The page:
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Legacy:Setting Up A Subversion Server

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Setting up a Subversion Server under Windows[edit]

There are a few ways to set up a Subversion server on your Windows machine. The easiest way, is just to put a shortcut to the svnserve.exe program with appropriate arguments in your Startup folder, but this has some drawbacks:

  • It's only running when you're logged in.
  • It causes an empty command window to show up on your desktop. This can be minimized, but it still shows up in the taskbar.


A better way would actually be to set up the Subversion server as a Windows service, which avoids both of these problems. This document will describe how to do this.


Download the Windows Resource Kit Tools[edit]

The "Windows Server 2003 Resource Kit Tools" package can be downloaded from Microsoft's download site (http://www.microsoft.com/downloads) under the "System Management Tools" download category (or directly from http://www.microsoft.com/downloads/details.aspx?FamilyID=9d467a69-57ff-4ae7-96ee-b18c4790cffd&displaylang=en). Note that Microsoft does seem to have a number of confusingly-similarly named packages available for download from their site. You're looking for the one which has a file name of rktools.exe.


Install the Windows Resource Kit Tools[edit]

As with Subversion, this is a simple matter of double-clicking the downloaded installer and following the prompts. After doing this, to test that the installation all went ok, open a command prompt window (Start->Run, "cmd"), and type "instsrv". You should get a brief message describing INSTSRV's command syntax. (If you don't, try looking for INSTSRV.EXE in the location you told the Resource Kit to install, and use its full path name instead)


Configure Subversion to Run as a Service[edit]

First we will need to install an appropriately-named service using the SRVANY.EXE utility provided by the Resource Kit. To do this, you will need to open a command window and type the following:

 instsrv "Subversion" "C:\Program Files\Windows Resource Kits\Tools\srvany.exe"  
 

(This assumes you've installed the Resource Kit Tools in the default location of C:\Program Files\Windows Resource Kits\Tools. If you installed it somewhere else, obviously, you'll need to change the path to srvany.exe appropriately.)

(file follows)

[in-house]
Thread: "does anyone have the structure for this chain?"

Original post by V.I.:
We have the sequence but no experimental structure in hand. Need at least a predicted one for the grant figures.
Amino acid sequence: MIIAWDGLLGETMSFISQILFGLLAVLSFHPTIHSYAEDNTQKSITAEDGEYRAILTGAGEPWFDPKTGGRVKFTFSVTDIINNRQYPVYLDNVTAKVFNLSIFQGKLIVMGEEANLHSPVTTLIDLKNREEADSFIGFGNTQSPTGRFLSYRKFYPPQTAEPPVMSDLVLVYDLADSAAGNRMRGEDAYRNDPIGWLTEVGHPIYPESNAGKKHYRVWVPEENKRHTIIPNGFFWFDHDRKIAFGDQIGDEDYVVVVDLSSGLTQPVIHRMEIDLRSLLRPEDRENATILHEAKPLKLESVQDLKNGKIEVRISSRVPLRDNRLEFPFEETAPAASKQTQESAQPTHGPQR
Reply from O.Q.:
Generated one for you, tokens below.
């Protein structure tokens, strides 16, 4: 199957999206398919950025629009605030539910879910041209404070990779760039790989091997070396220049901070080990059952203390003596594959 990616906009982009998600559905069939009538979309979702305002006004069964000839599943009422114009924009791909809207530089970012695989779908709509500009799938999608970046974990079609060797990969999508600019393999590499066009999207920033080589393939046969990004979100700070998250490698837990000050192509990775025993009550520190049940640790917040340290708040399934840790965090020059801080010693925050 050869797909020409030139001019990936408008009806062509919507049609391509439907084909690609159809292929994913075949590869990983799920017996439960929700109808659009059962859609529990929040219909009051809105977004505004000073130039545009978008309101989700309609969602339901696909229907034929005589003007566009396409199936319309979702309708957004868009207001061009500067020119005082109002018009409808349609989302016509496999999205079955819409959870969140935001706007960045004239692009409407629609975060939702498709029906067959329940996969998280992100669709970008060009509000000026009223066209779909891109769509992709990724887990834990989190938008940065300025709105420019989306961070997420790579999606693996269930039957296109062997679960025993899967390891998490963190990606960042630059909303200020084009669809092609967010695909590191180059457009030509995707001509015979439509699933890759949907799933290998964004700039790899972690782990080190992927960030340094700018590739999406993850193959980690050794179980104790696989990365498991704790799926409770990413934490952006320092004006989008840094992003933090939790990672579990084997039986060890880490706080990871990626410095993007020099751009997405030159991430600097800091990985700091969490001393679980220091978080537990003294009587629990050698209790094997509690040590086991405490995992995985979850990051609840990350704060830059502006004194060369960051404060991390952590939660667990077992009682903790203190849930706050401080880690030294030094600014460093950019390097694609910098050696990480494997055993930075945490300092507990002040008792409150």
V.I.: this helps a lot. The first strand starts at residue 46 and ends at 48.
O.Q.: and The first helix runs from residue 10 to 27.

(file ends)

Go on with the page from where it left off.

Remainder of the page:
The SRVANY program is designed to allow any program to run as a service, but we still need to tell it what program it's supposed to be running. Unfortunately, this step requires a little bit of fiddling with the Windows Registry.


NOTE: Changing the wrong things in the Registry can seriously break your Windows system. Always be careful when using the Windows Registry Editor, and be sure to back up your system before doing changes like this. (That having been said, if you're careful about what you change, using the Registry Editor usually isn't as scary as it sounds)

Start up the Registry Editor by choosing "Run..." from the Start menu and typing the following:

 regedt32  


On the left side of the Registry Editor is what looks like a directory tree view (these are locations in the registry, not actual directories on the disk, but the navigation is the same). Find the following path and select this folder:

 HKEY_LOCAL_MACHINE\SYSTEM\CurrentControlSet\Services\Subversion  


  1. From the Edit pulldown menu, select New->Key
  2. For the name of the new key, type "Parameters"
  3. From the Edit pulldown menu, select New->String Value
  4. For the name of the new string value, type "Application"
  5. From the Edit pulldown menu, select "Modify" (or just double-click the new "Application" key in the right pane)

An "Edit String" dialog box will appear. Type the following:

 C:\Program Files\Subversion\bin\svnserve.exe  

(This assumes Subversion is installed in C:\Program Files\Subversion, of course)


  1. From the Edit pulldown menu, select New->String Value
  2. For the name of the new string value, type "AppParameters"
  3. From the Edit pulldown menu, select "Modify" (or just double-click the new "AppParameters" key in the right pane)

An "Edit String" dialog box will appear. Type the following:

 -d -r C:\Subversion  

(the -d- flag tells it to run as a daemon (server) process, and the -r C:\Subversion- tells it where the directory with the repositories lives)



Now our service should be configured properly, we just need to give it a try:

  1. Open the Services control panel (this may be under the "Administrative Tools" subfolder in Control Panels).
  2. You should now be able to find a "Subversion" service in the list of services. Select this service.
  3. From the Action menu, select "Start".


If all goes well, the Subversion process should now say "Started" in its Status column.